Vincent scowled. "It's attached to me because I usurped it from whoever made it. But since I didn't know what it was for, I wasn't sure how to use it." He focused on the spell. "But if it's a watcher…" he continued thoughtfully. He closed his eyes and concentrated, feeling for the trickle of magical output from the spell. A faint image appeared in front of his closed eyes, growing clearer when he focused on it. It was himself, standing there with his eyes shut. He growled under his breath. "It's watching me," he said tightly. He opened his eyes. "Whoever put that outside my window was trying to watch me."

Jonas' eyes widened. "You didn't make this spell?"

"No, I captured it," Vincent grumbled. He was too focused on his own irritation to see the look of consternation on Jonas' face.

"If I'm understanding you correctly," Jonas said, "you took control of another wizard's spell well that wizard was still operating it?"

Jonas' shocked tone broke through Vincent's irritation and he met the older wizard's stunned gaze. "Well, yes, I did," he admitted reluctantly. He had not realized until that moment that asking for Jonas' help would expose yet another of his heretofore secret abilities. "I can only do it with spells that are based on light, though." He did not add that he had been unable so far to expand the ability to other kinds of spells, but it didn't matter.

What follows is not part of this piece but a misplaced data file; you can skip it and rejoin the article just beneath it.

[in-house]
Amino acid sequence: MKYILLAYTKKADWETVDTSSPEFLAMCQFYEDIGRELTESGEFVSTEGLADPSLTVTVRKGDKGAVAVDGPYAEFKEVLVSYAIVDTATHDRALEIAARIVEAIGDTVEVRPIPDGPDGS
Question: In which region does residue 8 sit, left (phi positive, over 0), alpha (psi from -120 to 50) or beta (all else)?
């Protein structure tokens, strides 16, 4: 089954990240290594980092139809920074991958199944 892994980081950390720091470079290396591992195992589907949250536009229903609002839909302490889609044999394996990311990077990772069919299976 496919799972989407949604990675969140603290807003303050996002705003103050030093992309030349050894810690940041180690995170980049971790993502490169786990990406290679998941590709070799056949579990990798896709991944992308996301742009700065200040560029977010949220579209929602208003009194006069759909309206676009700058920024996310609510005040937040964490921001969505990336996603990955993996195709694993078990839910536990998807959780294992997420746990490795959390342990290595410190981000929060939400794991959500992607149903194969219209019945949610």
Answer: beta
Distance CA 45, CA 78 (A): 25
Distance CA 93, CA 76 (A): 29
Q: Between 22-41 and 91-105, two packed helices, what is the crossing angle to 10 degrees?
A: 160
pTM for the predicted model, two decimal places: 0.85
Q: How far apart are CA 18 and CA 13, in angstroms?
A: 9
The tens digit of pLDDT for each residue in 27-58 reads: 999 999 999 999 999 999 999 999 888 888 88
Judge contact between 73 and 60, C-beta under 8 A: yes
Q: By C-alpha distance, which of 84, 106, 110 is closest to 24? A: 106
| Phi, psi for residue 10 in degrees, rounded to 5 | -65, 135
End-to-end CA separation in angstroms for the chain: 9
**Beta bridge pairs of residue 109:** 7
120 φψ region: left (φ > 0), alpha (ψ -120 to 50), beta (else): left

Jonas straightened and his face settled into a stern expression. "Capturing spells is an extremely rare and controversial skill," he said sharply. "There are only three wizards in recorded history who purportedly could do it. And now you. Have you told anyone about this?"

"Geran knows."

Jonas shook his head. "I assumed that," he retorted. "I mean, have you told your instructor or Lord Estan?"

"No." Vincent shook his head as he answered. "But you just pointed out why I haven't. No one else can do it. It's just one more thing I can do that sets me apart. I don't need another reason for people to start grumbling about me again." He made no effort to keep the bitterness out of his voice, because he refused to let the conversation get distracted from what, to him, really mattered. "But the fact is that someone was spying on me. Again!" He glared at Jonas, half expecting him to wave away Vincent's complaint.